Search Google

The Best of the Bay ~ Every Week Since 1993
Current Issue \\ This Week's Features \\ Calendar \\ Music Calendar \\ Classifieds
Movie Times \\ Movie Reviews \\ Play Reviews \\ Archives \\ Advertising \\ Contact Us

Volume 16, Issue 7 - February 14 - February 20, 2008

Way Downstream

In Annapolis, Del. Todd Schuler (D-Baltimore County) is upping the ante after the Annapolis City Council rejected a city-wide ban on plastic checkout bags. His bill — backed by 10 sponsors — would banish the polyethylene totes from all Maryland grocery stores. We’d be joining South Africa, Australia, China, Ireland and Taiwan, plus San Francisco and San Jose, California, in passing laws restricting plastic giveaways. Plastic bags, says Schuler, are non-biodegradable, unsightly and unnecessary — as well as harmful to wildlife. Co-sponsor Del. Sue Hecht introduced a second bill to form a task force to study the plastic bag problem …

But look to overhauling the state’s Critical Area Law for this year’s big legislative environmental ruckus. One proposal would expand the no-disturbance shoreline buffer from 100 to 300 feet. Another would reduce the power of localities to grant critical areas’ exemptions to developers and homeowners …

In Calvert County, beachcombing yielded an unexpected relic. On February 3, a World War I naval mine was found on the Drum Point shoreline. Identified from its markings as a 1917 ordinance from the U.S. Navy Yard in Norfolk, the mine was hollow, so it posed no explosive threat to the residents of Drum Point or their neighbors — the Cove Point Natural Gas Facility and Calvert Cliffs Nuclear Power Plant, both just a few miles north …

Also in Calvert, Theresa C. Chambers was fired as a U.S. Park Police chief after airing her fear that manpower and funding shortages left the nation’s monuments and parks under-protected and vulnerable to terrorist attacks. Now she is back in uniform — this time as the new police chief of Riverdale Park. The Prince Georges County town of some 7,000 residents covers about two square miles.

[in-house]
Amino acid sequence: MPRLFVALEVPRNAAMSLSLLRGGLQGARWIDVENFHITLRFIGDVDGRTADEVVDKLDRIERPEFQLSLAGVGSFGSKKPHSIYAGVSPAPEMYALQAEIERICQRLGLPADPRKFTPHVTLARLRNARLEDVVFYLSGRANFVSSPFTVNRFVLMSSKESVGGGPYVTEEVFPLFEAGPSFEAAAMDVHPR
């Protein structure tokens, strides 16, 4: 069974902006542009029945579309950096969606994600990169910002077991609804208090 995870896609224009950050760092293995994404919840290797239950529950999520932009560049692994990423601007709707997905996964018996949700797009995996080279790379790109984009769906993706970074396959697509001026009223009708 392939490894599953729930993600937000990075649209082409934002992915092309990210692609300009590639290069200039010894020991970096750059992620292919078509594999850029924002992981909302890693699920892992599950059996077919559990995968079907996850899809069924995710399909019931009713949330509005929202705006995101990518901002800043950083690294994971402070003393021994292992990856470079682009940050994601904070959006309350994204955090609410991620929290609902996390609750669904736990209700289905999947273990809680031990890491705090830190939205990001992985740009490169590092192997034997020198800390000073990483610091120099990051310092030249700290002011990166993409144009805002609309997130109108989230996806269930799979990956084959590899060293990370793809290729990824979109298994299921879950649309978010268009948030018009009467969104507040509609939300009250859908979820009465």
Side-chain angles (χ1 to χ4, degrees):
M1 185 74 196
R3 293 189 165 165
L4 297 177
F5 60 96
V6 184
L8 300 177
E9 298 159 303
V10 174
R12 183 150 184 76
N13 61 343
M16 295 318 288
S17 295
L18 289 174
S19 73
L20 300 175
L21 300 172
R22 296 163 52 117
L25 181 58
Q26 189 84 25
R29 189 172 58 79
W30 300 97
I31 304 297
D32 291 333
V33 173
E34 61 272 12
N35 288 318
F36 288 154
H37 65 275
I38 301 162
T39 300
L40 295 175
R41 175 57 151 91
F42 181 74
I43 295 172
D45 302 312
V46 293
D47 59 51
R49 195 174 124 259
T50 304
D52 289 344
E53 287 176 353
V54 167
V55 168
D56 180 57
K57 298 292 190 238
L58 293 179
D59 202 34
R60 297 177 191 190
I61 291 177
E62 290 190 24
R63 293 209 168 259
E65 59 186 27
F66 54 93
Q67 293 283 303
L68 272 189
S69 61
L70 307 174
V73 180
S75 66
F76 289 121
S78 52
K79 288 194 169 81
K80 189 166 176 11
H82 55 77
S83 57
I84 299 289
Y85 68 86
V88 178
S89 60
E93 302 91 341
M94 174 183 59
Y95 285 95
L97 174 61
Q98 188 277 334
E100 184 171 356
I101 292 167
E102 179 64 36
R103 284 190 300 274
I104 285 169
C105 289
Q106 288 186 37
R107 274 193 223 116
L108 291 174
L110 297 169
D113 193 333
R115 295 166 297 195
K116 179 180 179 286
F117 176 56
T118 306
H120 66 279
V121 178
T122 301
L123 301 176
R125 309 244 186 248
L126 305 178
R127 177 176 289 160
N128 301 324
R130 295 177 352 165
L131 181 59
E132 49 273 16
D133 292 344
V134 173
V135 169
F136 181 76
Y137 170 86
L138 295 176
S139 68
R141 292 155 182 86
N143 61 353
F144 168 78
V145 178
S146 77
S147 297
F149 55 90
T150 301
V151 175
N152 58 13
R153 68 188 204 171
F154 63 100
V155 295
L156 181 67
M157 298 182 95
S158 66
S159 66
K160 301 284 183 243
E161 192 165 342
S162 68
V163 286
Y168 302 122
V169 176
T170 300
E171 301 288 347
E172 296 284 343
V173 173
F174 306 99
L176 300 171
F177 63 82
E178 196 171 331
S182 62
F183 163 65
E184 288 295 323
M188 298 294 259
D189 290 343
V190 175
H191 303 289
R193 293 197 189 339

In an ironic turn of events, her successor, Dwight E. Pettiford, is facing harsh criticism for failing to protect what is now his beat. A report by the Interior Department’s Inspector General’s Office concluded the Park Police under Pettiford are understaffed, insufficiently trained and poorly equipped …

Charm City prepares for its close up after MovieMaker Magazine announced its list of top 10 cities for moviemakers. The winter 2008 issue ranks Baltimore ninth on the magazine’s annual list. Known for gritty programming such as The Wire, Homicide: Life on the Streets and Live Free or Die Hard, Baltimore has for years frustrated its film commission’s efforts to attract cameras from Hollywood to Sundance. “Baltimore has spent a long time establishing itself as a place of artistic vision,” says MovieMaker. To read more from the magazine or scout other filming locations in America, visit

Our Creature Feature comes from Malaysia where, even though it’s the Year of the Rat, it’s also the year of government bounties on rats. A rodent problem in the capital city of Kuala Lumpur has prompted a new program that pays the equivalent of 62 cents for every rat deposited, dead or alive, at a drop-off point.

Malaysia, which has a large Chinese population, is one of the Asian countries that last week began celebrating the Year of the Rat, one of the 12 creatures in the 12-year cycle of the Chinese Zodiac. A Chinese adage has it that this is the year to make fortunes. That may be the case in Malaysia for industrious rat-hunters.

“There’s no incentive like money,” Yew Teong Look, a Malaysian legislator, told New Straits Times.

Current Issue \\ Archives \\ Subscriptions \\ Clasified Advertising \\ Display Advertising
Behind Bay Weekly \\ Contact Us \\ Submit Letters to Editor \\ Submit Your Events

© COPYRIGHT 2008 by New Bay Enterprises, Inc. All rights reserved.